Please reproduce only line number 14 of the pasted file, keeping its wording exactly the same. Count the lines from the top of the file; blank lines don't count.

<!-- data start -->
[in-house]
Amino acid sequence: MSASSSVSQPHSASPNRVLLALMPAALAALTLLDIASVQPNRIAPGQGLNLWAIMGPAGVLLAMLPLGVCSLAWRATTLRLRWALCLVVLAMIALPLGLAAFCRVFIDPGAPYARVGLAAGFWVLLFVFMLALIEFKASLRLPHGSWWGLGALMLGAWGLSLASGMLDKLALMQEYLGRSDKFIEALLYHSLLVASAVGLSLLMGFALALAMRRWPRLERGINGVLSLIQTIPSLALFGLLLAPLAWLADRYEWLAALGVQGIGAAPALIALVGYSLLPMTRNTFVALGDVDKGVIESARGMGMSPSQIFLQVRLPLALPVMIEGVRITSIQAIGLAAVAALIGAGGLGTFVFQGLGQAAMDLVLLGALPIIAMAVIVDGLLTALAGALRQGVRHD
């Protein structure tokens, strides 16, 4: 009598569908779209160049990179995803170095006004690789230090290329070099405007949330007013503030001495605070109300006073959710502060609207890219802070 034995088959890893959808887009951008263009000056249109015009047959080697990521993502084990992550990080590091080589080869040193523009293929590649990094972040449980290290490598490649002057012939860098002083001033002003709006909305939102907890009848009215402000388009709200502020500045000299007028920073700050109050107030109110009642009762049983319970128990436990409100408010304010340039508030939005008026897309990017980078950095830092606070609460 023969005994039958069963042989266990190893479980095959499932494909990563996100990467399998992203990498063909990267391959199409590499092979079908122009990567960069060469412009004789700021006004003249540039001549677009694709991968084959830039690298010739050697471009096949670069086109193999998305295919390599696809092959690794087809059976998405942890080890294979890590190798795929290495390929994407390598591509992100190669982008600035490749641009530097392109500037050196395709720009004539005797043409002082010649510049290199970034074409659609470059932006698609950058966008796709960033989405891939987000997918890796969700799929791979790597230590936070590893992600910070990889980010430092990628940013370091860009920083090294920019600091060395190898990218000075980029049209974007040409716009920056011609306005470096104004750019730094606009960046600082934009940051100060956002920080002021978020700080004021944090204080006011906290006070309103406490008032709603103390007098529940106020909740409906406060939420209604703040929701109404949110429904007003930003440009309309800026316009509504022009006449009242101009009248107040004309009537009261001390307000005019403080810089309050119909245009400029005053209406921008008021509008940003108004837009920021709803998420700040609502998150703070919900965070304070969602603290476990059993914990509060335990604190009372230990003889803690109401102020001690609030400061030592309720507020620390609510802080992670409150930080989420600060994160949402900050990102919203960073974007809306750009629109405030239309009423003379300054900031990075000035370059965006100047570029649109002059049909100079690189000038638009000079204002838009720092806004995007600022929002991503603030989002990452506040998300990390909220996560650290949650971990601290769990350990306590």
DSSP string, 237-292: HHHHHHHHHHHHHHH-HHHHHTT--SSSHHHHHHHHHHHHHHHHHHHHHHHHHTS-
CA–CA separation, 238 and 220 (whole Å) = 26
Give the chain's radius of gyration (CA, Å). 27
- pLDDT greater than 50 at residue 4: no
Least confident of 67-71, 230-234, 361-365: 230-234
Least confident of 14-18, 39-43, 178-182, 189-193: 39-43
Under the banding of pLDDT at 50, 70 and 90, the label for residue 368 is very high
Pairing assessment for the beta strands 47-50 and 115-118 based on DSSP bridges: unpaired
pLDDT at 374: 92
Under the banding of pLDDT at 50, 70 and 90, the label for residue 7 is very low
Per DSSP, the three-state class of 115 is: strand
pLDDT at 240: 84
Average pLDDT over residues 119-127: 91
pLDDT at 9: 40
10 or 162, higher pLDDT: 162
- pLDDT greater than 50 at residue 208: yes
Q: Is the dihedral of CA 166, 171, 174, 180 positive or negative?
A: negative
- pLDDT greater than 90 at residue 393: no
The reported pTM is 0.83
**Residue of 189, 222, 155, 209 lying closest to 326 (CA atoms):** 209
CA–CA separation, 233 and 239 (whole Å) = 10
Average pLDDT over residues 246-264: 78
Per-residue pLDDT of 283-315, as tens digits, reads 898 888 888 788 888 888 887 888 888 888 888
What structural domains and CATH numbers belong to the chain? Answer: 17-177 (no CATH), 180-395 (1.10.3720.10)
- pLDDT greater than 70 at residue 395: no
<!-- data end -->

Per DSSP, the three-state class of 115 is: strand